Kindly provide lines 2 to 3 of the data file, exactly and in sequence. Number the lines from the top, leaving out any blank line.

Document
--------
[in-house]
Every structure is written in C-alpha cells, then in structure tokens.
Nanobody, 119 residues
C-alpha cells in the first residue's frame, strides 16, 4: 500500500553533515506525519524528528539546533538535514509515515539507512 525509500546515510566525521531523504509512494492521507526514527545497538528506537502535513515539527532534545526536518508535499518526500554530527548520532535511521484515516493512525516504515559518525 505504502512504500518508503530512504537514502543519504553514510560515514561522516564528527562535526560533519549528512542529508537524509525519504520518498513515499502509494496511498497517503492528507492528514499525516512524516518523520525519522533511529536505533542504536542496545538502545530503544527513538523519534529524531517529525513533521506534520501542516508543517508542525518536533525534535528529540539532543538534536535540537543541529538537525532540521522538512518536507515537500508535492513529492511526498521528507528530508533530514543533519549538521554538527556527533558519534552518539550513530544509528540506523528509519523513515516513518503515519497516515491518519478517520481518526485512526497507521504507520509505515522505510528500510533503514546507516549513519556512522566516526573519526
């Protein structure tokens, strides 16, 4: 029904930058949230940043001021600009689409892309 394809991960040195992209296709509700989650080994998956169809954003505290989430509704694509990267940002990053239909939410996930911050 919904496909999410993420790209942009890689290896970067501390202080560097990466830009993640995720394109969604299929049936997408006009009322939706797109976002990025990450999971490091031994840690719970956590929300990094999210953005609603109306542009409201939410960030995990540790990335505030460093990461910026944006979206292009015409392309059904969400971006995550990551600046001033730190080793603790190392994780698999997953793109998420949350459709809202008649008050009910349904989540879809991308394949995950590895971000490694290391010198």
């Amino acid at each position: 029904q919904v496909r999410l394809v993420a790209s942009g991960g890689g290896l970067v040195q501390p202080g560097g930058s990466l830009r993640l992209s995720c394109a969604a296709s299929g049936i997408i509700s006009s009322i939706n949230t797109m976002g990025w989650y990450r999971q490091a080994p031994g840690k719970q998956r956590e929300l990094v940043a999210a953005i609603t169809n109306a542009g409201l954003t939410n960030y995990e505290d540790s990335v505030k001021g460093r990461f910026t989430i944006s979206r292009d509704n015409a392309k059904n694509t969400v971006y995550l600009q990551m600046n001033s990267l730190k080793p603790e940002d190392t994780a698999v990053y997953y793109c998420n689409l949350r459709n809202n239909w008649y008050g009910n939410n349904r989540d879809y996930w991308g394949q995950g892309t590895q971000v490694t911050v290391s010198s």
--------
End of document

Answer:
Every structure is written in C-alpha cells, then in structure tokens.
Nanobody, 119 residues